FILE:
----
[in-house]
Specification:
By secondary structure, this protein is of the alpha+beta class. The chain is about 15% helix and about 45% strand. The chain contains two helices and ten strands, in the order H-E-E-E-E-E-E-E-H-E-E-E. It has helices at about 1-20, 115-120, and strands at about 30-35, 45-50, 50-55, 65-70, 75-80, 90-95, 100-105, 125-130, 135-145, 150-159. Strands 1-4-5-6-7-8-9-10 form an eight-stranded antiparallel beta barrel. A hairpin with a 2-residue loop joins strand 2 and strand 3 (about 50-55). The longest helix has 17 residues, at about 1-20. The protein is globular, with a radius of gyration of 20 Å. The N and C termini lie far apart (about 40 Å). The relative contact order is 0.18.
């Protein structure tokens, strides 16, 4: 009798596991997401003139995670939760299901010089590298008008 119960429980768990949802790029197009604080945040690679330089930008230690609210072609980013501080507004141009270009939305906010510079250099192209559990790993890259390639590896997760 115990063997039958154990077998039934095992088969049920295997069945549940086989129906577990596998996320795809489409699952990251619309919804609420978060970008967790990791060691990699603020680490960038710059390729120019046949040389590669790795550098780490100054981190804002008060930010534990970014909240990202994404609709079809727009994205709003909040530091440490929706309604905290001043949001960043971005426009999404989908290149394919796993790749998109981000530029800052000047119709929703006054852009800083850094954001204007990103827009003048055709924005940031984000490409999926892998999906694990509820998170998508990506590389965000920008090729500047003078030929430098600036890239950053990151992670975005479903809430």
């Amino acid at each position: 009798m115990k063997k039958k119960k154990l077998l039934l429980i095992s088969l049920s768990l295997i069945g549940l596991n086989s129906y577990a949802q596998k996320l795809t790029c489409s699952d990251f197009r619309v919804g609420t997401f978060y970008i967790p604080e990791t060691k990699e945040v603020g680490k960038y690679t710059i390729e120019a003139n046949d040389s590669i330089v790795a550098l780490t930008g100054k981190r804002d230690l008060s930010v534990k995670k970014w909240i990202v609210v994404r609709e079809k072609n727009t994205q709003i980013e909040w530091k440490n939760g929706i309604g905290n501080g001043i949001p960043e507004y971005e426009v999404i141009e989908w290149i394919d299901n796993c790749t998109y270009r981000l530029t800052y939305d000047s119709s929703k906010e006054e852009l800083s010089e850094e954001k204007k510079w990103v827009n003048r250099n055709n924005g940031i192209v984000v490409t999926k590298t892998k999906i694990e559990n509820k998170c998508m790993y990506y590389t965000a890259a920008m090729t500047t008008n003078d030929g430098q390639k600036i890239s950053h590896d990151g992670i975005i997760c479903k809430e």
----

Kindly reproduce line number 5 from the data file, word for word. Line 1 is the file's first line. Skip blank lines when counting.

């Amino acid at each position: 009798m115990k063997k039958k119960k154990l077998l039934l429980i095992s088969l049920s768990l295997i069945g549940l596991n086989s129906y577990a949802q596998k996320l795809t790029c489409s699952d990251f197009r619309v919804g609420t997401f978060y970008i967790p604080e990791t060691k990699e945040v603020g680490k960038y690679t710059i390729e120019a003139n046949d040389s590669i330089v790795a550098l780490t930008g100054k981190r804002d230690l008060s930010v534990k995670k970014w909240i990202v609210v994404r609709e079809k072609n727009t994205q709003i980013e909040w530091k440490n939760g929706i309604g905290n501080g001043i949001p960043e507004y971005e426009v999404i141009e989908w290149i394919d299901n796993c790749t998109y270009r981000l530029t800052y939305d000047s119709s929703k906010e006054e852009l800083s010089e850094e954001k204007k510079w990103v827009n003048r250099n055709n924005g940031i192209v984000v490409t999926k590298t892998k999906i694990e559990n509820k998170c998508m790993y990506y590389t965000a890259a920008m090729t500047t008008n003078d030929g430098q390639k600036i890239s950053h590896d990151g992670i975005i997760c479903k809430e």